1. In Brad’ post, the team was coming in with one objective: set board expectations on how much they’d book. What they came back with (over the email) was an execution plan for prioritizing which deals they’re going to focus upon. Commenter Steve (below) says that “we approach each one with the greatest resources we can bring to the table” which is unlikely to be possible. You almost always need to prioritize your efforts. Pick the 5 you feel the best on and go like hell on them. the other five are going to be a coin flip.

    2. Personally I think building forecasts based on “commits” should be used only if you have to. It makes the forecasting far more subjective than objective. If you have sufficiently short sales cycles and a minimal volume of historic data for calculating your probability to close, you should rely upon it to build a forecasting method. Incidentally, this is why I love working with inside sales teams.

    For those on this thread interested in helping me as I build analysis tools to solve this kind of sales management problem, I’d love to talk more: @joshpayne on twitter or josh at insightsquared dot com.

    • Good stuff Josh – totally agree with the notion around prioritization.

  • Kyle

    “which of these 10 deals has a 100% chance of closing?” A great question for the Omniscient Executive.

    • Obviously the 100% was to make a point. The logical answer is 0, but you could just substitute 99% for 100% and the point is the same.

  • I don’t know if the problem was the method. It’s the right method if you have 100 $2k deals in your pipe. It’s the wrong method if you have 10 large deals. Top 5 deals should have 1 slide each. Maybe the BOD guys can help close too with connections/knowledge.

    • Yup – there are different approaches with different sized pipelines, but interestingly I’ve found that unless you are in a self-service model, the weighted-average pipeline approach doesn’t predict well and generates lots of bad habits. And yes, when the deals that are the ones most likely to close are front and center, the board, as well as everyone in the company, can help with connections and knowledge.

  • One of the things that career sales people do is double count the revenue.

    For example: A realtor might get a great lead…and brag about it.

    The same lead might look at houses or list.

    The same lead might go into contract.

    The same lead might clear hurdles (closing, etc)

    The same lead shows up at the closing table.

    Those are 5-6 events. All feel like a sale. Only one has a check involved. A lot of pipeline management is centered around staying upbeat but only counting the SALE itself as a sale. It’s hard, but if you can defer the good feeling till later, you stay frosty you stay hungry.

  • A lot of companies would rather live with a trumped up version of their economic future than a more realistic one than requires “this deal is bullshit and will never happen”.

    • Denial of reality is a powerful negative force.

  • I hate probability sales forecasts. They’re going to close or they’re not. For an early stage company, it’s critical for the CEO to be able to distinguish between which is which. In a board meeting, he needs to be able to make those judgments and present them to the board. Over time, the CEO will gain the skills and experience to do a better job of forecasting and the board members will learn how to interpret the CEO’s statements. In addition, the CEO will lead the organization to deliver on what he has told the board, thereby sharpening execution. Ultimately, transparent communication among the board members yields better board meeting and company performance.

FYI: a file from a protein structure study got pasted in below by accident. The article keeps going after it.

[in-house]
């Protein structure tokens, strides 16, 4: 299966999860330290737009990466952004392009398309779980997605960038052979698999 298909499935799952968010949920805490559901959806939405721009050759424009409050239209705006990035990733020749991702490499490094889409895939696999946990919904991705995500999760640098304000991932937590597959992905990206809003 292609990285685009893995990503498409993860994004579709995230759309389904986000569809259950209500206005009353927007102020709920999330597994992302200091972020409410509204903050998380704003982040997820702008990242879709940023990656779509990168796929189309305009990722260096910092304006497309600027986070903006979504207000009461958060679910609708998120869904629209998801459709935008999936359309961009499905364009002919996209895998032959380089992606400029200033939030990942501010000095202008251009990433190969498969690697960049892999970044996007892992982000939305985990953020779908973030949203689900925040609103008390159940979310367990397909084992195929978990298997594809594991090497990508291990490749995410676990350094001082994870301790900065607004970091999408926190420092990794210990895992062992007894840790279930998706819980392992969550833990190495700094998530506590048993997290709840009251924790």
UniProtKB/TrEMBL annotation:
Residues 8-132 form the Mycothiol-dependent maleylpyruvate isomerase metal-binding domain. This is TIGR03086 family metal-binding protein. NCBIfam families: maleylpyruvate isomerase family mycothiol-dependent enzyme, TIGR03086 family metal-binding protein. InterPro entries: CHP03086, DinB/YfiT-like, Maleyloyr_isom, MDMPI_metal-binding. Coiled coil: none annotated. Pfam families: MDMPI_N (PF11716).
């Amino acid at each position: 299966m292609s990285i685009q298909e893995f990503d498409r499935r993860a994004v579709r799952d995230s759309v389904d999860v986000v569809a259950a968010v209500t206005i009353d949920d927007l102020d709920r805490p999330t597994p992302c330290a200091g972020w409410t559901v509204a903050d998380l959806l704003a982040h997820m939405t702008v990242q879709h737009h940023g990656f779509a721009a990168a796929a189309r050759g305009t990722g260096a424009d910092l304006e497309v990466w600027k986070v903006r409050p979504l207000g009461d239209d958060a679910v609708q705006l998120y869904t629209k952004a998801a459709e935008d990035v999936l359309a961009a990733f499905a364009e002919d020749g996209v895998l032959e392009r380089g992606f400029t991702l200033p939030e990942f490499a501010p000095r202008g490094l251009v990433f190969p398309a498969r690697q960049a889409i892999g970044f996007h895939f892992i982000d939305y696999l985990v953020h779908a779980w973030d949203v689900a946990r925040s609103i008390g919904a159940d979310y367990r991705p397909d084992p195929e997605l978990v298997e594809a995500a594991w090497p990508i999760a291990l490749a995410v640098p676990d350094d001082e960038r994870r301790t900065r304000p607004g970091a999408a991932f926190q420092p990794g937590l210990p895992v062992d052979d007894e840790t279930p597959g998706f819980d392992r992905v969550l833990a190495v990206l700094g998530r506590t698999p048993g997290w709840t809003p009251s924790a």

• Really good discussions on this post! My summary is that Brad’s model of dividing up into forecasts, upside and pipeline is a good way to keep the focus on the prioritization as @twitter-15635395:disqus mentioned. Getting this done in a weekly manner is also another huge point.

  • Good piece. Sales isn’t about Probabilities its about Behaviors. Too often leaders spend their time trying to guesstimate the revenue numbers rather than having the important discussion about what Behavior is required to advance the customer relationship and demonstrate enough value for that customer to be motivated to act. All of this said…I’m still a fan of using numbers as a basis to that discussion and to understand where each deal is in the sales process. ie….10% = We’ve identified a Customer Problem that we can solve, 50% = We have given the customer a proposal that they can say yes to . 75% = The customer has responded with a price or product demand and Negotiation has begun. 90% = They have given us a verbal YES. 100% = Deal signed and in house. Teams that cram on this subject for board meetings are already on the path to failure. However…for those who make running the pipeline a weekly endeavor and really commit, coach and champion the most successful behaviors there can be much success.

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  • Anthony Bodin

    I re-read this and reflected…

    After moving from Australia to London, the sales culture was different.. CEOs allow themselves to be snowed..
    We sat in a meeting and explicitly explained who/what/how/why exactly was the process to get the order. Who signed it? Were they there? How we got it? Did they have our email address? etc. etc.
    It was called the order acquisition process (OAP) which is different to the sales process.

    Hope that helps.